• Dr. Vijay Balaji K., Bangalore: This is very new for us. Didn’t know this was so valuable. All that we did was to only see HbA1c.
  • Dr. Indurkar Sanjeev, Diabetologist, Aurangabad: Very Informative and useful. I am using BIORAD D10 and TOSHO HPLC machines, both are good and accurate.
  • Dr. N K Singh: If you see 10 reports, how many you see with graph?
  • Dr. Brij Mohan, Kanpur: Hardly 1-2 out of 10.
  • Dr. A.K. Virmani, Jamshedpur: Almost all good labs are now giving the graph.
  • Dr. Sandeep S Desai, Physician and Diabetologist, Valsad, Gujarat: Alere afinion by Abbott uses Boronate affinity and used by many as POC for A1C.

Hb1Ac Test: Interpret Well to Demystify

CME INDIA Learning Points

  • HbA1c provides a reliable measure of chronic glycemia.
  • It correlates well with the risk of long-term diabetes complications.
  • It is currently considered the test of choice for monitoring and chronic management of diabetes.
  • Along with the type 2 diabetes, the HbA1c is also used to diagnose, manage, and monitor the type 1 diabetes as well.
  • The International HbA1c Consensus Committee has recommended that the HbA1c levels must be reported in terms of System International (SI) units (millimoles per mole, with no decimal places), which relate better scientifically to a valid measure of HbA1c.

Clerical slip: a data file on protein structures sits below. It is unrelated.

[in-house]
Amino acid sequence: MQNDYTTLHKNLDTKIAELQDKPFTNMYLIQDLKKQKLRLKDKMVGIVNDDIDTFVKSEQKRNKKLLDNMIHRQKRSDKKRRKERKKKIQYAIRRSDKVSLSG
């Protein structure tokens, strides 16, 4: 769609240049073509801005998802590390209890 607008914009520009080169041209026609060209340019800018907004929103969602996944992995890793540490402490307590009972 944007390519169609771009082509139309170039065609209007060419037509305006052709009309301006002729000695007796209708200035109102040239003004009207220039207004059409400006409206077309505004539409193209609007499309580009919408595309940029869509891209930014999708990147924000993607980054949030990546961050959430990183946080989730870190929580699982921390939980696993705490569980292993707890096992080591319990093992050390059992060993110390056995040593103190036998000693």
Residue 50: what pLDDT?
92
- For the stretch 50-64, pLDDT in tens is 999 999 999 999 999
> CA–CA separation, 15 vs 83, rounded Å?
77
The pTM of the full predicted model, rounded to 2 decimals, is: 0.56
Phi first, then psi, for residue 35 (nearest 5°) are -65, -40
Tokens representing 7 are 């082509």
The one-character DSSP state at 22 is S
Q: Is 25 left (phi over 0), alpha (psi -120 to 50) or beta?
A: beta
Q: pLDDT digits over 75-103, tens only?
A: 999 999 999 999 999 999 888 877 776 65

• The NGSP still recommends using the units in terms of the percentage with one decimal place. In India we use in terms of percentage.
  • There are some pitfalls in interpreting the result. In anaemic patients or those with shorter RBC lifespan (glucose-6-phosphate dehydrogenase deficiency, sickle-cell disease, etc.), the HbA1c levels may be compromised indicating a false “good” result.
  • The excessive use of vitamin C, B, and E supplements and increased levels of cholesterol, liver, and kidney diseases can also present abnormally high levels of HbA1c.
  • The increased reliability of point-of-care (POC) devices for A1c testing has been shown to improve individual monitoring of blood glucose levels, because they can be used directly at physician chamber.
  • There is a shortage of information comparing the different machines. When using POC testing, one should keep in mind that POC values are often below results reported by a laboratory test, with the mean difference being -0.5%.
  • Compared to a centralized laboratory test, the use of the POC-A1c device in a healthcare unit increases the chance of the early control of type 2 diabetes and reduced costs in relation to DM-related outcomes.